Date of Statehood: November 2, 1889
Population: 672,591 (2010)
Size: 70,698 square miles
Nickname(s): Peace Garden State; Flickertail State; Roughrider State; Dakota
Motto: Liberty and Union Now and Forever, One and Inseparable
Tree: American Elm
Flower: Wild Prairie Rose
Bird: Western Meadowlark
- Originally conceived of in 1928 by Dr. Henry Moore of Ontario, Canada, the International Peace Garden was intended to establish a memorial to perpetual peace between Canada and the United States. Encompassing 2,339 acres within North Dakota and the Canadian province of Manitoba, the park attracted 50,000 visitors to its grand opening and dedication on July 14, 1932.
- Attempts to drop the word “North” and rename the state “Dakota” were defeated by legislature in both 1947 and 1989.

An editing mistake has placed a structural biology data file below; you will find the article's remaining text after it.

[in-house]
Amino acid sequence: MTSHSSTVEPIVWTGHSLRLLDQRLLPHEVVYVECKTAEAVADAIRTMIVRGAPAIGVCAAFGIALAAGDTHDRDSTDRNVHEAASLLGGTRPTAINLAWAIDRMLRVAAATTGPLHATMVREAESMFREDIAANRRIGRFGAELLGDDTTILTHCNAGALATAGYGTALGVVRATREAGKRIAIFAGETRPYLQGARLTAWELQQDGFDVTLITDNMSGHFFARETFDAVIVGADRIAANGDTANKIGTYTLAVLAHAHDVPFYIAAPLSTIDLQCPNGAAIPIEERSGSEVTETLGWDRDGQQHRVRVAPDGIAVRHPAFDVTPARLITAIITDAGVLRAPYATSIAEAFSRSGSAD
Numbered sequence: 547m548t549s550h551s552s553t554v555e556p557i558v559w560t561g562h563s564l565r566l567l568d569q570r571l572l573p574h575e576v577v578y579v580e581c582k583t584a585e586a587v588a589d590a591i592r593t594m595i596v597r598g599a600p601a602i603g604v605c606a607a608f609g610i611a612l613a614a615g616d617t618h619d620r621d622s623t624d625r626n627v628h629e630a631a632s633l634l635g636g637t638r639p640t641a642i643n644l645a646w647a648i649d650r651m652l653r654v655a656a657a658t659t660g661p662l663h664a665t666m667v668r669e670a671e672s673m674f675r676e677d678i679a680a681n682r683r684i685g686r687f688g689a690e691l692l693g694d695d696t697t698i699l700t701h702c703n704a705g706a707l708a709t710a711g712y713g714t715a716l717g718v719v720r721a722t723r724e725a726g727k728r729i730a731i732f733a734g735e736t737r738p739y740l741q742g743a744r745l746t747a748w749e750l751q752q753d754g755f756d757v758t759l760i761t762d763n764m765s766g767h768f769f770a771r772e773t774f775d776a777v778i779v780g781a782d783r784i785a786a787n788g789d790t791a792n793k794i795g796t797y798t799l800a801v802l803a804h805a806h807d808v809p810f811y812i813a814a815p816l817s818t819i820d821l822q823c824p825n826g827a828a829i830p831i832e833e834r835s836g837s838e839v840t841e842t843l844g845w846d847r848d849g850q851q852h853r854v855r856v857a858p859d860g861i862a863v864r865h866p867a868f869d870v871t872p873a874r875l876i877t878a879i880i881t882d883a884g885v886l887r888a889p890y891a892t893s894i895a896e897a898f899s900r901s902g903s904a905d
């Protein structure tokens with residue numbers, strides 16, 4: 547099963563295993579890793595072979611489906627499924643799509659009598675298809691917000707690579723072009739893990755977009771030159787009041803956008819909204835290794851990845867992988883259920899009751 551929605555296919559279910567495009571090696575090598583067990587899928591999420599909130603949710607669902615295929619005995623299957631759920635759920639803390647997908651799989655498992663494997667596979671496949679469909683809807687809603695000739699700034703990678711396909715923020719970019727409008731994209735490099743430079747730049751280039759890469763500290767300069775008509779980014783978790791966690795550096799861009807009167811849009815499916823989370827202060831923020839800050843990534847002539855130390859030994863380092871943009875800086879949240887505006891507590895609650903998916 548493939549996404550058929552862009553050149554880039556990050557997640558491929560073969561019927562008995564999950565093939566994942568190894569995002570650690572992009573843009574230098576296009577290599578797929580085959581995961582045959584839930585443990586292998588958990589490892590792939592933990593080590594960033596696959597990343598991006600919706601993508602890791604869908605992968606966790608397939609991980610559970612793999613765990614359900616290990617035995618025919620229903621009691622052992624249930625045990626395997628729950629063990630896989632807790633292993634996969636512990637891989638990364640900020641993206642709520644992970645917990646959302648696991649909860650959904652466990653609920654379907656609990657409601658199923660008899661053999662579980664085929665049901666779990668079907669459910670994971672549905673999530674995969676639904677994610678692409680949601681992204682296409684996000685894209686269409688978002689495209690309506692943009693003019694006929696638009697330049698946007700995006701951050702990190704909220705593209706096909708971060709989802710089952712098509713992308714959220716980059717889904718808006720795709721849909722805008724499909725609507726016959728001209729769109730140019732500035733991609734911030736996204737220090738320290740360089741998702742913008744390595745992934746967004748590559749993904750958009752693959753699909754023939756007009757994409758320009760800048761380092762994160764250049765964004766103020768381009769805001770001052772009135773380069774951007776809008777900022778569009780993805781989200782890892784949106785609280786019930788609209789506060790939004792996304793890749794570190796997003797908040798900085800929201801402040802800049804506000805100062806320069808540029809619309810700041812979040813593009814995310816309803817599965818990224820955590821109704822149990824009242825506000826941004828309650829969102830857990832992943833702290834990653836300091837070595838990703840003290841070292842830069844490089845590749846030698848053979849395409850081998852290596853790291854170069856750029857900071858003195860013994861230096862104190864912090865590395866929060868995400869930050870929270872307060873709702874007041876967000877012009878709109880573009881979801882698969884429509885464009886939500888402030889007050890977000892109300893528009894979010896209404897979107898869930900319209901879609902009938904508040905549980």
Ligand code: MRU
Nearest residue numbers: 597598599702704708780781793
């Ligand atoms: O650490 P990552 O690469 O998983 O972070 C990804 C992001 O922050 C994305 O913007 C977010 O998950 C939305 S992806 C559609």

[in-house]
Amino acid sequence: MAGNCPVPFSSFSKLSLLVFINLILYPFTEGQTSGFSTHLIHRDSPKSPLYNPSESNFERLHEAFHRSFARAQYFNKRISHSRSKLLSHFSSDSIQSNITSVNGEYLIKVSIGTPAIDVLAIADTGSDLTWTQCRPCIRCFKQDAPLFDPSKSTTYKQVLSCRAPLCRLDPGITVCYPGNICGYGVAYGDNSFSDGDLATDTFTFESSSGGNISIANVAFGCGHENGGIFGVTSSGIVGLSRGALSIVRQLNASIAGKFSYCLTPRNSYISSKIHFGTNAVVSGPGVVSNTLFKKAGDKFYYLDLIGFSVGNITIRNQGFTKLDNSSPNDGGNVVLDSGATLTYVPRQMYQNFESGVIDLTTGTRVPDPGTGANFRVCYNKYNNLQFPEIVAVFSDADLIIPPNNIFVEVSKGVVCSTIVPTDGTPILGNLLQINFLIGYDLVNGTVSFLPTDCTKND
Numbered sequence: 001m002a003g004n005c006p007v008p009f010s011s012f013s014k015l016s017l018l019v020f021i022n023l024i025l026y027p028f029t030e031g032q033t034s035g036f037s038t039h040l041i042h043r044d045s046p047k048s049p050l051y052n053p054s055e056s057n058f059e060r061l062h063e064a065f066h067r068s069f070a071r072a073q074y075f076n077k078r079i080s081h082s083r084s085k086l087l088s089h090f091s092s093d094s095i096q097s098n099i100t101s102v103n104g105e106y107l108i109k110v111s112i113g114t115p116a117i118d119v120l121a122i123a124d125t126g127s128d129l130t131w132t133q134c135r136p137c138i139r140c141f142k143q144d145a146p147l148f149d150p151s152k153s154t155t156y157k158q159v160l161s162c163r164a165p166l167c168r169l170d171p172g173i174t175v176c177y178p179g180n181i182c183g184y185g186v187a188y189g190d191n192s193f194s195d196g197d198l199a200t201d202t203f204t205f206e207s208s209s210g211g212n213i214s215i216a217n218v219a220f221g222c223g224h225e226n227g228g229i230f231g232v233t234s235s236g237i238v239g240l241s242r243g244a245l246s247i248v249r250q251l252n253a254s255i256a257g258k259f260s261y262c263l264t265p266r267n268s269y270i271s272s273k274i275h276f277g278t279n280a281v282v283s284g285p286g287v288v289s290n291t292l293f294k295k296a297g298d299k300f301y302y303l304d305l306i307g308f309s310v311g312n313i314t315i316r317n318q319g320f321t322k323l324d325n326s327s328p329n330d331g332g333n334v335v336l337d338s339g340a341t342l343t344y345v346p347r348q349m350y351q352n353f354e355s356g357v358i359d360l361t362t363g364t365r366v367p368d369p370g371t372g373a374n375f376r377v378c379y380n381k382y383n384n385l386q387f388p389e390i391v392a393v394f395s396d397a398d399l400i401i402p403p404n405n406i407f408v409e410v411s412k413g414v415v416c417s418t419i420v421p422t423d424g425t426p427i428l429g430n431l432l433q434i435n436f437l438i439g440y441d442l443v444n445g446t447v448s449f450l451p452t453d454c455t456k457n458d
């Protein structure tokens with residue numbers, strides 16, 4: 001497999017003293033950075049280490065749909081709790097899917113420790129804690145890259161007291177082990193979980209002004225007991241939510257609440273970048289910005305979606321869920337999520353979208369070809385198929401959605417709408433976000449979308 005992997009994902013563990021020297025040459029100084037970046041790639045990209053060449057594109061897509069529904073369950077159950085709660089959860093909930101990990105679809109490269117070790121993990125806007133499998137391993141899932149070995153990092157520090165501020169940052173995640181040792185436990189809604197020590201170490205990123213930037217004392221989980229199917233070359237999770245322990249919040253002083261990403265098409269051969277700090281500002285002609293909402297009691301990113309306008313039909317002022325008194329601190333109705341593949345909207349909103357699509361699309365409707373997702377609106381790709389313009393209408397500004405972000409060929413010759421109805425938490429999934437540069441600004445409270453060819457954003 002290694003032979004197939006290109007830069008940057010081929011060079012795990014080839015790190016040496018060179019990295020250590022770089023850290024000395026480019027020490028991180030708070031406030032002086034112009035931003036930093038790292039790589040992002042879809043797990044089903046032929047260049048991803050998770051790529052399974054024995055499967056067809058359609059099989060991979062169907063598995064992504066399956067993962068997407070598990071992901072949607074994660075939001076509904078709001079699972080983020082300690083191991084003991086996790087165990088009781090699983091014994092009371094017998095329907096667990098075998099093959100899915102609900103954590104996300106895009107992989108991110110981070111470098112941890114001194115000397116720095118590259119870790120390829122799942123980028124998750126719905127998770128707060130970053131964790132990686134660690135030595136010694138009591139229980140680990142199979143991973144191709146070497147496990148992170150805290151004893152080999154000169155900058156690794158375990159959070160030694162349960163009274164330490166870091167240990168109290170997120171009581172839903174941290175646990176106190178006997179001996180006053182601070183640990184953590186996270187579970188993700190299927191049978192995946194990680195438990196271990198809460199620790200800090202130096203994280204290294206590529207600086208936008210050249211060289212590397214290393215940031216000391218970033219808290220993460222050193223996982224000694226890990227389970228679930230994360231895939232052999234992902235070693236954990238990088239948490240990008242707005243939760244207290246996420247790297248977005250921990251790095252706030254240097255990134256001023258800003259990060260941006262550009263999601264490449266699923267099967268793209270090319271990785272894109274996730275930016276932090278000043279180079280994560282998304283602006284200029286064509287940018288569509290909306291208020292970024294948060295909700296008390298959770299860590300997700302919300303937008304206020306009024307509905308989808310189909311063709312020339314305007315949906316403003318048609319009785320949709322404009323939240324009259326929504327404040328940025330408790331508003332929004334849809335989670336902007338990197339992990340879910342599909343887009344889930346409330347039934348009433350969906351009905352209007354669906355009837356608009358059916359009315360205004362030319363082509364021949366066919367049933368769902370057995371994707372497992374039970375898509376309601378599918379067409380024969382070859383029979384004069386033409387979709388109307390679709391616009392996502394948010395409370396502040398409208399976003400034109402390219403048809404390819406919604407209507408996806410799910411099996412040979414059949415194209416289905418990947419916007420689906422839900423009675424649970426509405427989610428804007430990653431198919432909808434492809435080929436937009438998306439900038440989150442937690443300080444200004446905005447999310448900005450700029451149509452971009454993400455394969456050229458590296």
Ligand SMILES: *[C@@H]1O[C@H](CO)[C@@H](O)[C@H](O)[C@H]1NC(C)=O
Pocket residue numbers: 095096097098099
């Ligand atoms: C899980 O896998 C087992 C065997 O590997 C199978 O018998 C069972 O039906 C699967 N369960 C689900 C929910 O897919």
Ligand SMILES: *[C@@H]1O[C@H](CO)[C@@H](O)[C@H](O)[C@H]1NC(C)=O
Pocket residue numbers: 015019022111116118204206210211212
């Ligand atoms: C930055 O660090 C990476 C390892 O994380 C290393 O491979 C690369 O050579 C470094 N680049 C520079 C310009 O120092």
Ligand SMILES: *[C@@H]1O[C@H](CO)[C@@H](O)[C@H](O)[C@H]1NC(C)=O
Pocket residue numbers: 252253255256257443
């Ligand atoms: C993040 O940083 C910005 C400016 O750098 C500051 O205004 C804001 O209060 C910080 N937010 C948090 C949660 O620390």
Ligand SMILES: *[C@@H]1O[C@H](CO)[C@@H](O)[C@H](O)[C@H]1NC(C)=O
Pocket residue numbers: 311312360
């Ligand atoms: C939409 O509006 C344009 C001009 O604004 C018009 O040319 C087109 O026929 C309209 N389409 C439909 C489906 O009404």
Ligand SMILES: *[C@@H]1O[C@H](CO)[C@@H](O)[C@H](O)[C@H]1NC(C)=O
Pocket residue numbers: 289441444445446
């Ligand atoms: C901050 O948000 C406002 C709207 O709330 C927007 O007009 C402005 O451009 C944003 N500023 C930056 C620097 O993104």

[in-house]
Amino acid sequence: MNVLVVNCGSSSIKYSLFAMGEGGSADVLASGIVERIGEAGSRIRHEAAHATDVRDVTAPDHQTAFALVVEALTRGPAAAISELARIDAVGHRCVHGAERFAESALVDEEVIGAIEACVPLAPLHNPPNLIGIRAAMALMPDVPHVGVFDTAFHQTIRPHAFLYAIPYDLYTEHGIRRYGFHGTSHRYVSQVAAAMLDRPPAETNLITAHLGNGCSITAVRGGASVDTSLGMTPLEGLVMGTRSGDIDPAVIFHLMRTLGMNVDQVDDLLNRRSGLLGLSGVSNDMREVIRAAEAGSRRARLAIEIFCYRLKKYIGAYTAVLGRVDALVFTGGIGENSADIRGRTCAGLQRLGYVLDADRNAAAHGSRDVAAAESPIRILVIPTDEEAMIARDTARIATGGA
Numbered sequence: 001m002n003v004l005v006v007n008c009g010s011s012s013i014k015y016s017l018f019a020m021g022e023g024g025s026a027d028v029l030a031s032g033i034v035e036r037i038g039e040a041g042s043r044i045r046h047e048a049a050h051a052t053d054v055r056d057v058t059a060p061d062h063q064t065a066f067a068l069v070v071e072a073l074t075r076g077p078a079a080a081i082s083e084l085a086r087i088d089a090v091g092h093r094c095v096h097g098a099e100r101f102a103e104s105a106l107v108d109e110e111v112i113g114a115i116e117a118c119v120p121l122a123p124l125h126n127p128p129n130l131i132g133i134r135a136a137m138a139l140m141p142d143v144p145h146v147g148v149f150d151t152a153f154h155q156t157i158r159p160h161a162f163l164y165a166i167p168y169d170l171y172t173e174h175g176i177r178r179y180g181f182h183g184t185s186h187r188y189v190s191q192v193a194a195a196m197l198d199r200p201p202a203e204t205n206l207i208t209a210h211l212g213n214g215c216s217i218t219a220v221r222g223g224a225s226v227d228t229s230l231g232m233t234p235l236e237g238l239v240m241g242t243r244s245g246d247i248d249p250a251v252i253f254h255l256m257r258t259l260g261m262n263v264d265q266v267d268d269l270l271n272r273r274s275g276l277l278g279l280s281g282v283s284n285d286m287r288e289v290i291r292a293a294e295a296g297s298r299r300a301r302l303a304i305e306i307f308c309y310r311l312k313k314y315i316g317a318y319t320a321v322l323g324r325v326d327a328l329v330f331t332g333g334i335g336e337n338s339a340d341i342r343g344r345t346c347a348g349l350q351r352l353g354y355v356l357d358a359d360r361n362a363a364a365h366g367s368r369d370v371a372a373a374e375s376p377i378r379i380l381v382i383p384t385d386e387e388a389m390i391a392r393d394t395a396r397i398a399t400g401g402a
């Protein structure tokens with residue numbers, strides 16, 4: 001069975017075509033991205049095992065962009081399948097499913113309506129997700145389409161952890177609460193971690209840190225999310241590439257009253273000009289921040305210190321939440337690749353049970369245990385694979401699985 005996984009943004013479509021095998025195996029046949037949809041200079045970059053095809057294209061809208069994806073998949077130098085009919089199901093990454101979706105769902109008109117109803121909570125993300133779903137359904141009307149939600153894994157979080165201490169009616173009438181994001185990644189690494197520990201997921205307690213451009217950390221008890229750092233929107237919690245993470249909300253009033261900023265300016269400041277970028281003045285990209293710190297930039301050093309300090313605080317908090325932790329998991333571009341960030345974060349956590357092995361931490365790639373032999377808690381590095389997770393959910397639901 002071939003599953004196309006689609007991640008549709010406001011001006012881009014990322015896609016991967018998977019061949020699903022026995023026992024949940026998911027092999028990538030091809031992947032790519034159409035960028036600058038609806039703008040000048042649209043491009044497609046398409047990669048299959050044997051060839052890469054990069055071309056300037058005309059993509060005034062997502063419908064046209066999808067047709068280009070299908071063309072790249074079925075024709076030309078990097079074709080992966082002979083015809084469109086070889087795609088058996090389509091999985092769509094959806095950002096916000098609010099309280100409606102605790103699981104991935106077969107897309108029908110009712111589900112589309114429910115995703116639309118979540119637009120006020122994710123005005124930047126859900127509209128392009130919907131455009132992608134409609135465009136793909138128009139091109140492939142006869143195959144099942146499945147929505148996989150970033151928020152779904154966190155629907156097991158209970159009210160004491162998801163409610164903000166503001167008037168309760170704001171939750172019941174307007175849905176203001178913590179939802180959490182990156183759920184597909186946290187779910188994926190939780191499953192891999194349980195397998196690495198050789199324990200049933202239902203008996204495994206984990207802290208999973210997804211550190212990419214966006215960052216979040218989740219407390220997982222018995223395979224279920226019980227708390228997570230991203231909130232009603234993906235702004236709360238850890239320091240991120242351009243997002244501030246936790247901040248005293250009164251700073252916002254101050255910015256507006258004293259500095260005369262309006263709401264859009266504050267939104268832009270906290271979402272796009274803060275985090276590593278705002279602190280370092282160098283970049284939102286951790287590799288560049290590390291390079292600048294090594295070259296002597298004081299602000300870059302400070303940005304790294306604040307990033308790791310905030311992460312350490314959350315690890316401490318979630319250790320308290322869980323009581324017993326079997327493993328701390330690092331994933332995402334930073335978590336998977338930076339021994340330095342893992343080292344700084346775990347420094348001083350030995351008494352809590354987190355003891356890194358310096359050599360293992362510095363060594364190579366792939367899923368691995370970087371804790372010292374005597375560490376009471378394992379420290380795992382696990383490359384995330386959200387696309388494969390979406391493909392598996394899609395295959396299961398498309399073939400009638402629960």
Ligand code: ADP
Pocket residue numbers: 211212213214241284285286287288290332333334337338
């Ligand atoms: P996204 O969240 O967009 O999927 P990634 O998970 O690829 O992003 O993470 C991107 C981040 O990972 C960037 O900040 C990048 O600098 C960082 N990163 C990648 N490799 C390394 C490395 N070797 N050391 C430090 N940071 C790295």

- In 1999, a teenager discovered a “dinosaur mummy” on his uncle’s ranch near Marmarth. The 67 million-year-old duck-billed hadrosaur was so well preserved that much of its bones, tendons and ligaments remained enclosed in skin.
- Theodore Roosevelt, who once credited his time spent in the North Dakota Badlands as critical to becoming the 26th president of the United States, fostered a legacy of resource conservation that has been memorialized by the creation of the Theodore Roosevelt National Park. Comprised of three distinct units in western North Dakota, the park covers more than 70,000 acres.
- The geographical center of North America—marked by a 21-foot monument constructed out of stones—lies in the town of Rugby, North Dakota.
- Agriculture is North Dakota’s leading industry, which employed nearly 24 percent of the state’s residents in 2010. The largest producer of about a dozen crops, North Dakota supplied 90 percent of the nation’s canola and 95 percent of its flaxseed in 2010.